Improve Contract Importability/Create modular SDKs for smaller and optimized contracts

Gas and Size savings: Offer a OpenZeppelin Lite distro SDK to the mainline SDK offering

I was looking at including OZ ECDSA contracts for a project, and comparing the releases saw a sizable difference in compiled output.

I am not asserting that the changes are superfluous, what I am asserting is that potentially it be made easier to inport only the dependencies that are needed. solidity import mechanics being what they are, maybe offering a stripped down version of the main branch for contracts that do not see much changes release to release, or maybe an opinionated categorial release flavour (eg “cryptography sdk, token sdk, etc). I understand that this introduces additional maintenance requirements, which is why I would think contracts not seeing much changes (such as signature related ones) would be more palatable for maintaining on a LTS basis.

I would think making the contracts better partially importable would be the easiest way to achieve the performance KPIs over releases.

Below is a totally not scientific nor statistically significant benchmark of what was casually observed. Repeated and reproducible testings should be made before any action be taken ofc. I post this only to start a conversation to see if such changes would be considered/better testing implemented for the project maintainers to use for consideration etc.

Thanks for yalls awesome work, I always learn something from the people that work at OZ!

Repository, note this includes non OZ contracts as well


Reduce gas and size for ECDSA Signature Methods, reduce imported bloat, etc.



Contract Size (kB) Margin (kB)
ECDSA 0.086 24.49
Math 0.086 24.49
Strings 0.086 24.49


Contract Size (kB) Margin (kB)
ECDSA 0.045 24.531
Strings 0.045 24.531


Following changes have been made and tested


Strings.sol includes the needed SafeMath logic that was removed in 4.8.0 of OpenZeppelin/Contracts. This reduces the size of the compiled contract by 50%.


Assembly changes

     * @dev Returns an Ethereum Signed Message, created from `s`. This
     * produces hash corresponding to the one signed with the
     * JSON-RPC method as part of EIP-191.
     * See {recover}.
    function toEthSignedMessageHash(bytes memory s) internal pure returns (bytes32) {
        return keccak256(abi.encodePacked("\x19Ethereum Signed Message:\n", Strings.toString(s.length), s));

     * @dev Returns an Ethereum Signed Typed Data, created from a
     * `domainSeparator` and a `structHash`. This produces hash corresponding
     * to the one signed with the
     * JSON-RPC method as part of EIP-712.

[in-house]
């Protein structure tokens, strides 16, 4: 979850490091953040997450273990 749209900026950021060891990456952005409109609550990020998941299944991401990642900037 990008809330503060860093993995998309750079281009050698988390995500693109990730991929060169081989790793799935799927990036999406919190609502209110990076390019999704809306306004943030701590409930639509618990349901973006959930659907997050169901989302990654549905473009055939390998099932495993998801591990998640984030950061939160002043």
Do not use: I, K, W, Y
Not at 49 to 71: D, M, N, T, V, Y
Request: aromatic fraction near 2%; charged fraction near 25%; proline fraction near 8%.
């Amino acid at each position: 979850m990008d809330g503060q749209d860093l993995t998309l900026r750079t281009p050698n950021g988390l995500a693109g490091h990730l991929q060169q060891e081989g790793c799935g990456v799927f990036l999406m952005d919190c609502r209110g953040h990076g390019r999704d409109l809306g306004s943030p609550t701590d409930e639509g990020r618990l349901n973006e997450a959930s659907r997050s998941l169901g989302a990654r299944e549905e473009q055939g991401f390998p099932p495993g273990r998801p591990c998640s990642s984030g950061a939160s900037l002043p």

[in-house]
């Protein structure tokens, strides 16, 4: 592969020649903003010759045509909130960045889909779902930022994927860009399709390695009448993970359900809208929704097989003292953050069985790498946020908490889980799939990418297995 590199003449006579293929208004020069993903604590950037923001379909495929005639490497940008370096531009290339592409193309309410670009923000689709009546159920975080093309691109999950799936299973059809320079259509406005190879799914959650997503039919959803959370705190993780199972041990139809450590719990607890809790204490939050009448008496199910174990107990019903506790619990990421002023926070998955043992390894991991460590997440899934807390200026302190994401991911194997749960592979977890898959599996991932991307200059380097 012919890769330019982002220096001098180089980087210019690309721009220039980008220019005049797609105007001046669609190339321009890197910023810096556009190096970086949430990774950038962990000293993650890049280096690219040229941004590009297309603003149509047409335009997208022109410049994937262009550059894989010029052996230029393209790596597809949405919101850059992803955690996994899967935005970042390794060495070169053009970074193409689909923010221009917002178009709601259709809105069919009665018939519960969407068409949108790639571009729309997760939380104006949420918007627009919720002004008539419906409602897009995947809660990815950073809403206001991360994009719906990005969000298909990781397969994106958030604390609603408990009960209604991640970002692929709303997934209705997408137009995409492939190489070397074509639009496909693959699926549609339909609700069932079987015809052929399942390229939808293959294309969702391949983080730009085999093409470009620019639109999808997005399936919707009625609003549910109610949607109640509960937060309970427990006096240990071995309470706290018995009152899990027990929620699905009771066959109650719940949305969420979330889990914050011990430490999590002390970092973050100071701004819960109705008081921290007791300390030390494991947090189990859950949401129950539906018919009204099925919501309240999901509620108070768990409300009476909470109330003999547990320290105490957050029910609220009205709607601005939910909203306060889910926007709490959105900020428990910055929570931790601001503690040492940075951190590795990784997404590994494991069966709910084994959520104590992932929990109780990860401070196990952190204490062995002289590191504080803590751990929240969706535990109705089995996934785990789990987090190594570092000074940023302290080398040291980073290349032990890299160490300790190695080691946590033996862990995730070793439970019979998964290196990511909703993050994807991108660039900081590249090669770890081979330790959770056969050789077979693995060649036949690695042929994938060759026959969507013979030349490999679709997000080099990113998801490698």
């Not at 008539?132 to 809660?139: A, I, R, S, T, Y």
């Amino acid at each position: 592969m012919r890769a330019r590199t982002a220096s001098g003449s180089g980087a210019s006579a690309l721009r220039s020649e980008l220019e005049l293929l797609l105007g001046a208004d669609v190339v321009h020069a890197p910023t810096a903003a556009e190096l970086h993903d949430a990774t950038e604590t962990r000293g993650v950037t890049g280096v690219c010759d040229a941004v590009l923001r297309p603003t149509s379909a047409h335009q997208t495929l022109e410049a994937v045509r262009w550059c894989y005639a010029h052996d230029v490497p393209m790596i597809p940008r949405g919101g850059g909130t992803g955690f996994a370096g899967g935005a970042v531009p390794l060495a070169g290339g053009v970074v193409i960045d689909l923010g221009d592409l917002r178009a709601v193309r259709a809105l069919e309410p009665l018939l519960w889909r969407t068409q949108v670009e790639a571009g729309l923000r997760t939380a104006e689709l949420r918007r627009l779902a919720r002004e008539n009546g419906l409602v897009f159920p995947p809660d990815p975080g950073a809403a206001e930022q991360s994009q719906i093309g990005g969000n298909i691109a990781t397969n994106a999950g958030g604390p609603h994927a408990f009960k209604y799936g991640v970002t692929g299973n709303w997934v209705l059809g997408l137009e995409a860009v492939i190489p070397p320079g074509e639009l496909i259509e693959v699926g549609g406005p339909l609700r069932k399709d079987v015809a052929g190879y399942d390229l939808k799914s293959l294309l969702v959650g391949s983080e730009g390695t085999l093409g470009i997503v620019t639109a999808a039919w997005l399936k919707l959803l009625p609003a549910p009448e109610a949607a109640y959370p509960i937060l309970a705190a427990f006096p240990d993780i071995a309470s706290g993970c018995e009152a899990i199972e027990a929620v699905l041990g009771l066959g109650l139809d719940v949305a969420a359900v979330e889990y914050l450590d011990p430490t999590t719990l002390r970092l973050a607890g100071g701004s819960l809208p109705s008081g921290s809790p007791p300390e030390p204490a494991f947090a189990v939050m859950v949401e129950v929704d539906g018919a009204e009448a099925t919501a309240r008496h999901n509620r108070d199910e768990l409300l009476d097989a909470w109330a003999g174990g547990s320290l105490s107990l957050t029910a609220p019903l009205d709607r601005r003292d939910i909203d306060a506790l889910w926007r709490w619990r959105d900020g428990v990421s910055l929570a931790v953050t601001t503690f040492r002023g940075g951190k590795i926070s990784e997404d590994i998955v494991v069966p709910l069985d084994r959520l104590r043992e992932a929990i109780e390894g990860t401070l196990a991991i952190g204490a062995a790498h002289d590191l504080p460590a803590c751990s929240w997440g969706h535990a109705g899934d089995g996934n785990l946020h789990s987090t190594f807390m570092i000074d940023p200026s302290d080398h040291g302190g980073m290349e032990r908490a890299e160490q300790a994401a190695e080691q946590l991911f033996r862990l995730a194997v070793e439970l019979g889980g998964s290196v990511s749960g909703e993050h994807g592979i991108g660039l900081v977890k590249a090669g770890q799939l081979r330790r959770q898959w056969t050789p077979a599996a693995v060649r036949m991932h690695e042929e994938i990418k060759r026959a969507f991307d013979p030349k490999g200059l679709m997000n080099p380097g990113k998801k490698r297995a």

* See {recover}.
    function toTypedDataHash(bytes32 domainSeparator, bytes32 structHash) internal pure returns (bytes32 data) {
        /// @solidity memory-safe-assembly
        assembly {
            let ptr := mload(0x40)
            mstore(ptr, "\x19\x01")
            mstore(add(ptr, 0x02), domainSeparator)
            mstore(add(ptr, 0x22), structHash)
            data := keccak256(ptr, 66)

Basically @openzeppelin/encryption , @openzeppelin/utils, etc would help modularize and reduce import size and having better imortabikity for base contracts that touch lots of contracts or providing monolithic contracts with inlined imports for certain contracts like Strings etc

If you have made changes to the code, can you remove "from OpenZeppelin" from the description of your repository so that people aren't misled to think the code is the same?

If you've identified places where the code size and/or gas efficiency can be improved, we appreciate if you can report those in issues so that we can act on it.

Simply importing a Solidity file does not increase the size of the bytecode. Any unused functionality is not included in the bytecode at all. So if you're seeing any differences, that isn't the reason.

Strings doesn't use SafeMath. Do you mean the Math library? The reason it is now using the Math library is for the logarithm functions to get the number of digits of a number. Any increases you see are not because of the new import, they are because these functions trade off larger code size for more gas efficient execution. But even then if I compare the toString function I see that its bytecode is smaller in 4.8.0 than it was in 4.7.3, so it's more complex.

Splitting the package into several smaller packages will have no effect on the size of contracts.